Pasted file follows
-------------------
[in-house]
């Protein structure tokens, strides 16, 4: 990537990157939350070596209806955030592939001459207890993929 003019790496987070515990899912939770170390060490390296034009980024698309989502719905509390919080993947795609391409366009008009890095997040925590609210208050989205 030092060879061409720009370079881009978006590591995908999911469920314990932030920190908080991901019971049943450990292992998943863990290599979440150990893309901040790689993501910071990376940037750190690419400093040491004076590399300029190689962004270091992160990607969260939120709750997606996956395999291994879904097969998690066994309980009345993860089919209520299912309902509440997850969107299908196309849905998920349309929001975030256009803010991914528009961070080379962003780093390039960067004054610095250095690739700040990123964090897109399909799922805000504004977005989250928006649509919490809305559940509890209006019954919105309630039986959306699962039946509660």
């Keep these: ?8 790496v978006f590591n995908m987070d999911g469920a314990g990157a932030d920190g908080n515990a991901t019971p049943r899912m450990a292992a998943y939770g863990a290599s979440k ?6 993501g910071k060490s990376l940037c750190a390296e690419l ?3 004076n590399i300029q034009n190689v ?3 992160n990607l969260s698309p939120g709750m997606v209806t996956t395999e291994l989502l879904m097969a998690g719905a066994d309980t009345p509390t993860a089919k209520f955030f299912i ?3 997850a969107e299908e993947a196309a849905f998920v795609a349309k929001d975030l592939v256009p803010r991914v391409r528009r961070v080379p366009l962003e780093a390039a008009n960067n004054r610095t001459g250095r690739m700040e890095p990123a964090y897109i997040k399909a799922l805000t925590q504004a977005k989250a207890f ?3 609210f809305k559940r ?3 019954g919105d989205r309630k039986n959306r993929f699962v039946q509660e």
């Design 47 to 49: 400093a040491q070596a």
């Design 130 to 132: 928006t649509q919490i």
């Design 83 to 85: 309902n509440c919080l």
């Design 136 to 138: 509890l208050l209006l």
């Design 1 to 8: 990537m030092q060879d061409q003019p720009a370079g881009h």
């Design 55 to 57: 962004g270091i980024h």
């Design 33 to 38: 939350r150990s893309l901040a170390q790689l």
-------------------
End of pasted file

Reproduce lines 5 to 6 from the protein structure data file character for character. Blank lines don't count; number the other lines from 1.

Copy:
């Design 130 to 132: 928006t649509q919490i």
């Design 83 to 85: 309902n509440c919080l």